India and RCEP pacttext_fields
After eight years of arduous negotiations, the Regional Comprehensive Economic Partnership (RCEP) agreement has become reality. The world's largest trade pact was signed at the ASEAN annual conference in Hanoi, Vietnam. An inference will not be off the mark that henceforth the large bloc consisting of ASEAN countries, Indonesia, Thailand, Singapore, Malaysia, Philippines, Vietnam, Brunei, Cambodia, Myanmar and Laos, together with China, Japan, South Korea, Australia and New Zealand, will control global trade. For, these 15 countries dominate or are involved in, a third of the world's trade transactions, plus holding 30 percent of the world's GDP. A significant point to note is that when the seeds of the concept of such a pact were sown at the last ASEAN summit in Cambodia in 2012, India was at its forefront and had taken active part in the negotiations but subsequently withdrew from it. Central government sources explain that the withdrawal was prompted by the assessment that the heavy domination of China, with a clear upper hand in the group, would be to India's disadvantage. It has also been observed that beyond this explanation, the government's decision has political and diplomatic dimensions as well. Regardless of that, withdrawal from RCEP will undoubtedly bring no small relief to the farmers, medium industries and entrepreneurs of the country – reason enough to welcome the government's decision from that perspective.
As early as in November last year, at the ASEAN summit held in Bangkok prime minister Narendra Modi had proclaimed that India was withdrawing from the pact, citing the reason that the terms of the agreement were not fair and balanced enough to be beneficial to all parties. However, India announced its withdrawal after attempting until the last round - and failing - to win acceptance for some special protective provisions, as a condition to signing it. And it was at that stage that China, Australia and other countries made a public statement that regardless of the absence of India, they would proceed with the pact. In fact, in principle the Modi government had no objections to RCEP. And hence Modi's activie participation and readiness for discussions and bargaining at the ASEAN forum. Already, government agencies including NITI Ayog had warned about several provisions in the draft that would clearly be detrimental to the country's economic sector. Even then, over two dozen rounds of ministerial level negotiations were held for making a fremework for the pact. In the meantime, Modi was moving forward with it, despite stiff protests by the opposition, farmer organisations and even outfits affiliated to the ruling alliance. States such as Kerala passed resolutions against the pact. It was ignoring this range of opposition that Modi arrived at the ASEAN venue. In this background, although at least come quarters had expected a change of mind in India's position, the government decided not to yield before China's hegemony.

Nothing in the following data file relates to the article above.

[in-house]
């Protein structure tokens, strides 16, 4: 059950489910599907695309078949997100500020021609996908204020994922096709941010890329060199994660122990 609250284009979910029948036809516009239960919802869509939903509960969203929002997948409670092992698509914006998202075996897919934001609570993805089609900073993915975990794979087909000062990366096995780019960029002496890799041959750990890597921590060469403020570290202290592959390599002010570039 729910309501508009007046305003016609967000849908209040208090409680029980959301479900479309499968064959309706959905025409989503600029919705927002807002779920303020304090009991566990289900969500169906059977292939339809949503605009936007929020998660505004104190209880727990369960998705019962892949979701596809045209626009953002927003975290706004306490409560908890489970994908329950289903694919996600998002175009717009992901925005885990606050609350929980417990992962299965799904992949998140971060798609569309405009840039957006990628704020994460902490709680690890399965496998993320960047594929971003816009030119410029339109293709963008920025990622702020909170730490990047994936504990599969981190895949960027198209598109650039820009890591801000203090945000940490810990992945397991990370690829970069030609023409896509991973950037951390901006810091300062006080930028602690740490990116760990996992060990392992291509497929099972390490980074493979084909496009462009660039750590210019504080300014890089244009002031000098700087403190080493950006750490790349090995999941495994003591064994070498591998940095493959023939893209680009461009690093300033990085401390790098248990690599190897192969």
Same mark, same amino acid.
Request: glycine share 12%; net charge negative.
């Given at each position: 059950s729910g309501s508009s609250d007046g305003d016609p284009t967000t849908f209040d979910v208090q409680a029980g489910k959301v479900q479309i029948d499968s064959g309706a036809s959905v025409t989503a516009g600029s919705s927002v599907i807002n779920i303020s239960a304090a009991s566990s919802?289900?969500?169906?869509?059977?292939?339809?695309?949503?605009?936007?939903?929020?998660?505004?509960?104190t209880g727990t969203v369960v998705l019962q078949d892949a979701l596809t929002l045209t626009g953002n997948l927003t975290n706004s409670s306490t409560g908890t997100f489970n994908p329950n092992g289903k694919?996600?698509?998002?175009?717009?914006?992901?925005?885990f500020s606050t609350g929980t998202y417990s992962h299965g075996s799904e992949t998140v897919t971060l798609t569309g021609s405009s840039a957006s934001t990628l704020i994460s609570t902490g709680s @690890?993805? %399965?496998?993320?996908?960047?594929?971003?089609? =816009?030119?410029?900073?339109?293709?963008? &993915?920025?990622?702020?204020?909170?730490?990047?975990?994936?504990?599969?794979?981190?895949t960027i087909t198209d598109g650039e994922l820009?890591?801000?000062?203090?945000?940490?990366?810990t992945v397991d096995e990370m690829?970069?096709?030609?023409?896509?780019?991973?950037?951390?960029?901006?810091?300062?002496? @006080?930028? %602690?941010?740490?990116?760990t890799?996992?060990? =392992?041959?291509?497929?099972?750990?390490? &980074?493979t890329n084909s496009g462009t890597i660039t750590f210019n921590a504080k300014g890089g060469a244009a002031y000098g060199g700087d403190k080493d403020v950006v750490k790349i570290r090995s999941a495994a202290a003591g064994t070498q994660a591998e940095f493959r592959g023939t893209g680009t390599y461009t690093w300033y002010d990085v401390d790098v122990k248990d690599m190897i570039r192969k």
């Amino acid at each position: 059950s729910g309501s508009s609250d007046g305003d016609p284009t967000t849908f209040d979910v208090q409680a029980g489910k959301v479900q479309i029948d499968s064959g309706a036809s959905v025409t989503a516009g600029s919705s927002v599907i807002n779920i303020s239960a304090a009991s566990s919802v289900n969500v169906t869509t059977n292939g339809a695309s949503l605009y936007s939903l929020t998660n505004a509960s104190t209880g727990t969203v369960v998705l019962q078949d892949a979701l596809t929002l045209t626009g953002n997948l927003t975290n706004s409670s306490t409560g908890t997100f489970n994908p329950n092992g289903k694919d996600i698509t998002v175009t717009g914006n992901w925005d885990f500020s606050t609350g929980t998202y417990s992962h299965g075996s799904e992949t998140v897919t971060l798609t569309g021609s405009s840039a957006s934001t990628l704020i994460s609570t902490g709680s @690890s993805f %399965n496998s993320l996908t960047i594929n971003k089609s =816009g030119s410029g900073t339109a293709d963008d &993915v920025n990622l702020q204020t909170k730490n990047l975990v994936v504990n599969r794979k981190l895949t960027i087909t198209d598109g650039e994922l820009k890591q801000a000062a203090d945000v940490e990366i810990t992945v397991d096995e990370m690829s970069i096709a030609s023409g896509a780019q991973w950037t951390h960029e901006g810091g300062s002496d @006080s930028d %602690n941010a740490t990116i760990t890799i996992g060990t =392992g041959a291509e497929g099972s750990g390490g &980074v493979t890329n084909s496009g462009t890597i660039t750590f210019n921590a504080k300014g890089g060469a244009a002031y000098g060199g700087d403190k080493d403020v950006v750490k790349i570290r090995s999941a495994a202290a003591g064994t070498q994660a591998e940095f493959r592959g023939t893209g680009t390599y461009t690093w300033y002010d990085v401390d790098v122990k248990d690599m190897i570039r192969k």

Had the government taken a different decision, it would have turned into another tragic picture like that with ASEAN. If India had the pact, which targets 'free trade' by reducing tariffs to the lowest, the country's agrarian and industrial sectors would have been brought to a grave crisis. The agricultural products from China alone, the sixth largest exporter of crops in the world, would be enough to decimate India's agricultural market. Further, with the entry of Australia and New Zealand - the world's leading dairy exporting countries - India's dairy producers also would be pushed to poverty. Viewed thus, withdrawing from RCEP has saved India from a pact that has the potential to most enterprises, big and small, ranging from cottage industries to hi-tech Artificial Intelligence. However, this protection is can also turn out to be short-lived. For at any time, India can join the pact, for which calls have already started coming - both from within and outside.
There is still an apprehension that the Modi government may make a rethinking, if there are some ways to shore up corporates from the possible traps within the pact. At the same, on another level, the pressure from America and European Union is also troubling the Centre. Since there are pacts with these countries, including in the defence sector, India may have constraints in entering a pact that would harm their monopoly in such sectors. Apart from all this, a section of observers also view the current Indian decision as a political move against China, given that all is not well in the country's ties with it. At any rate, for an economy that had to take a severe beating from measures of 'economic reforms' including the note-ban and an unscientifically implemented lockdown for Covid prevention, the current decision will definitely come as welcome relief.